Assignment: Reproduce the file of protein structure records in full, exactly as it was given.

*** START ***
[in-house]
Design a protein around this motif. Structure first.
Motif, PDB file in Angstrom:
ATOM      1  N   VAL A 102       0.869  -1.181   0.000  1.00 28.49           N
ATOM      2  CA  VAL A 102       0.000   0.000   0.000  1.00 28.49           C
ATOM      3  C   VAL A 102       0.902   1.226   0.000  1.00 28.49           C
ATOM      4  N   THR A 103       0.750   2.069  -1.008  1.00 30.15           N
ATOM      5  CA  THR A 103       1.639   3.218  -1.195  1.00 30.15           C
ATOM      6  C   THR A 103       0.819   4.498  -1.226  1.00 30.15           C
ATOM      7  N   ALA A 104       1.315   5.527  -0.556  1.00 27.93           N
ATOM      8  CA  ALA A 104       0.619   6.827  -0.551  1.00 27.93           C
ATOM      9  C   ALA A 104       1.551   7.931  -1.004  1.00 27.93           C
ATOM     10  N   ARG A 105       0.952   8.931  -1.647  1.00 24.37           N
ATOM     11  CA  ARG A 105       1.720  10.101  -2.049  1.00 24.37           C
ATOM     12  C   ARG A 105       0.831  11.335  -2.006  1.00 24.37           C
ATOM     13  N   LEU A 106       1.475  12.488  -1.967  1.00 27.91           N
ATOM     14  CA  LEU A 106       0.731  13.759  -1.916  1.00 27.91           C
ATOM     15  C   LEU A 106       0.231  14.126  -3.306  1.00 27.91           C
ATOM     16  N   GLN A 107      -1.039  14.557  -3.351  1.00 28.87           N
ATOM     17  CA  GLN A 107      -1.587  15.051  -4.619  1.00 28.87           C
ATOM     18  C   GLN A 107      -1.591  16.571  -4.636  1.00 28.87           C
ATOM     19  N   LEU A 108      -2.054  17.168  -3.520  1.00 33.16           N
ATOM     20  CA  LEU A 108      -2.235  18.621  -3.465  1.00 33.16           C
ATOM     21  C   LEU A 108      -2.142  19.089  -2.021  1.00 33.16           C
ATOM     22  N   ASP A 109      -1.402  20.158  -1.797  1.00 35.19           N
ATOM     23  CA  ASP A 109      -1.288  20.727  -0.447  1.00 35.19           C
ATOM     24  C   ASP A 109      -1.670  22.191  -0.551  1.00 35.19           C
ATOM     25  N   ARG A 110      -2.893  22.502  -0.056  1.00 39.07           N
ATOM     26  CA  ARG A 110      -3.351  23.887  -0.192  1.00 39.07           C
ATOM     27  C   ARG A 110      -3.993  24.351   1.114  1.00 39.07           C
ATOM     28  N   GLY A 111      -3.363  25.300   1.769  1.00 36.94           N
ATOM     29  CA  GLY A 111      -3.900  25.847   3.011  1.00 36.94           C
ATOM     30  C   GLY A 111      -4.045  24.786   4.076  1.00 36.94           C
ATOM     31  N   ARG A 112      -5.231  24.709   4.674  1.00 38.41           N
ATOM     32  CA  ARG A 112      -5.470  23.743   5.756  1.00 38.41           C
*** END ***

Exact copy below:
[in-house]
Design a protein around this motif. Structure first.
Motif, PDB file in Angstrom:
ATOM      1  N   VAL A 102       0.869  -1.181   0.000  1.00 28.49           N
ATOM      2  CA  VAL A 102       0.000   0.000   0.000  1.00 28.49           C
ATOM      3  C   VAL A 102       0.902   1.226   0.000  1.00 28.49           C
ATOM      4  N   THR A 103       0.750   2.069  -1.008  1.00 30.15           N
ATOM      5  CA  THR A 103       1.639   3.218  -1.195  1.00 30.15           C
ATOM      6  C   THR A 103       0.819   4.498  -1.226  1.00 30.15           C
ATOM      7  N   ALA A 104       1.315   5.527  -0.556  1.00 27.93           N
ATOM      8  CA  ALA A 104       0.619   6.827  -0.551  1.00 27.93           C
ATOM      9  C   ALA A 104       1.551   7.931  -1.004  1.00 27.93           C
ATOM     10  N   ARG A 105       0.952   8.931  -1.647  1.00 24.37           N
ATOM     11  CA  ARG A 105       1.720  10.101  -2.049  1.00 24.37           C
ATOM     12  C   ARG A 105       0.831  11.335  -2.006  1.00 24.37           C
ATOM     13  N   LEU A 106       1.475  12.488  -1.967  1.00 27.91           N
ATOM     14  CA  LEU A 106       0.731  13.759  -1.916  1.00 27.91           C
ATOM     15  C   LEU A 106       0.231  14.126  -3.306  1.00 27.91           C
ATOM     16  N   GLN A 107      -1.039  14.557  -3.351  1.00 28.87           N
ATOM     17  CA  GLN A 107      -1.587  15.051  -4.619  1.00 28.87           C
ATOM     18  C   GLN A 107      -1.591  16.571  -4.636  1.00 28.87           C
ATOM     19  N   LEU A 108      -2.054  17.168  -3.520  1.00 33.16           N
ATOM     20  CA  LEU A 108      -2.235  18.621  -3.465  1.00 33.16           C
ATOM     21  C   LEU A 108      -2.142  19.089  -2.021  1.00 33.16           C
ATOM     22  N   ASP A 109      -1.402  20.158  -1.797  1.00 35.19           N
ATOM     23  CA  ASP A 109      -1.288  20.727  -0.447  1.00 35.19           C
ATOM     24  C   ASP A 109      -1.670  22.191  -0.551  1.00 35.19           C
ATOM     25  N   ARG A 110      -2.893  22.502  -0.056  1.00 39.07           N
ATOM     26  CA  ARG A 110      -3.351  23.887  -0.192  1.00 39.07           C
ATOM     27  C   ARG A 110      -3.993  24.351   1.114  1.00 39.07           C
ATOM     28  N   GLY A 111      -3.363  25.300   1.769  1.00 36.94           N
ATOM     29  CA  GLY A 111      -3.900  25.847   3.011  1.00 36.94           C
ATOM     30  C   GLY A 111      -4.045  24.786   4.076  1.00 36.94           C
ATOM     31  N   ARG A 112      -5.231  24.709   4.674  1.00 38.41           N
ATOM     32  CA  ARG A 112      -5.470  23.743   5.756  1.00 38.41           C